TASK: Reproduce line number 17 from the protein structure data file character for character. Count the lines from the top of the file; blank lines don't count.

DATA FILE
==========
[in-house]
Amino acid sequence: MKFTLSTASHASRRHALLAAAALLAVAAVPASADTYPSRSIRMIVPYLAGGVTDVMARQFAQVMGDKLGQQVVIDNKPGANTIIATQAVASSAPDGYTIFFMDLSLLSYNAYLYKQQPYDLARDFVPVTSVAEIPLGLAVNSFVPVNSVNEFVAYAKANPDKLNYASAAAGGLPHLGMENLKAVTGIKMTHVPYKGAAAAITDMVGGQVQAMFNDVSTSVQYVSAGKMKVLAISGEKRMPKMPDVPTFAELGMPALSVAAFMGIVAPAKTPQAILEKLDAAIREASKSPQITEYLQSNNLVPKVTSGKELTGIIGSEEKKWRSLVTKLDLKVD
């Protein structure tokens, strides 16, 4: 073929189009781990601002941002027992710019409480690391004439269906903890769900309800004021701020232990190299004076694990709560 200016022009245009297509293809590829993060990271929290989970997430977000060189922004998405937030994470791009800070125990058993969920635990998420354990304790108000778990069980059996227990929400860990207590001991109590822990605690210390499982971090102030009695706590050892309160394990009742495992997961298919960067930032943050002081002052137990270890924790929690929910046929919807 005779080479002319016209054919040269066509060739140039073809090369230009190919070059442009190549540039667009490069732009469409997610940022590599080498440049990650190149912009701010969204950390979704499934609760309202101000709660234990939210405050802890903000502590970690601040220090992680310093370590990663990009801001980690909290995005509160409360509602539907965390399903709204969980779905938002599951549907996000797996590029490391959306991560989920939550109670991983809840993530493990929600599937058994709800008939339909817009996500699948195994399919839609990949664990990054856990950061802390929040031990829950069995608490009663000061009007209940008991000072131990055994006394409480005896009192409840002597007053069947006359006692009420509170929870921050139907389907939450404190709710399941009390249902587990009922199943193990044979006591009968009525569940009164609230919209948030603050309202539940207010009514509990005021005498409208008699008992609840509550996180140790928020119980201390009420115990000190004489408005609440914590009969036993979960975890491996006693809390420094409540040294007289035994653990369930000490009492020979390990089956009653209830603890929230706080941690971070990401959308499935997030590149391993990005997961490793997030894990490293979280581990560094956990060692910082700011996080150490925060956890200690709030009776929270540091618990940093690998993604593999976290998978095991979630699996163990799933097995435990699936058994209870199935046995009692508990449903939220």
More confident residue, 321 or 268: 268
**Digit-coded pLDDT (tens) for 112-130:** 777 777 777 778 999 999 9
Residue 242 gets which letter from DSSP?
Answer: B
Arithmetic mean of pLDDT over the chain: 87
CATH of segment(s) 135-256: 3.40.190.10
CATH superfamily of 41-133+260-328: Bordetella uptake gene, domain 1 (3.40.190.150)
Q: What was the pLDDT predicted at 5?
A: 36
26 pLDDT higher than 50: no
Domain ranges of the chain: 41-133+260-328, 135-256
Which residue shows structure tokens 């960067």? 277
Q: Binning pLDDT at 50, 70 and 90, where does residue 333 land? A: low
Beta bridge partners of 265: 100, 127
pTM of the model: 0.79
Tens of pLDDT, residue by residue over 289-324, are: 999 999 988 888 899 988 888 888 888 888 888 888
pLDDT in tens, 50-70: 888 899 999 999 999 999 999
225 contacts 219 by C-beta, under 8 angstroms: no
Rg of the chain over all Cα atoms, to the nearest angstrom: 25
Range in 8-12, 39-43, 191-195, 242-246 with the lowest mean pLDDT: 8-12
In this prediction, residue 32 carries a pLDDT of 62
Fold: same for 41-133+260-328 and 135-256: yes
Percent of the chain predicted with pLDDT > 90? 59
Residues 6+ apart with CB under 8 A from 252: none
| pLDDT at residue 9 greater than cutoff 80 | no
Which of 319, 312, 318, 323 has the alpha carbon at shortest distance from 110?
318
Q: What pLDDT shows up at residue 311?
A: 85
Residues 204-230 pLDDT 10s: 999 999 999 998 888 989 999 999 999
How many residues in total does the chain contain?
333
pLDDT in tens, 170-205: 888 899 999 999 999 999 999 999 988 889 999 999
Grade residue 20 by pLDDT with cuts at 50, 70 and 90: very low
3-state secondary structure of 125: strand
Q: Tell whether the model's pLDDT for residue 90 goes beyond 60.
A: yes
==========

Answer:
Beta bridge partners of 265: 100, 127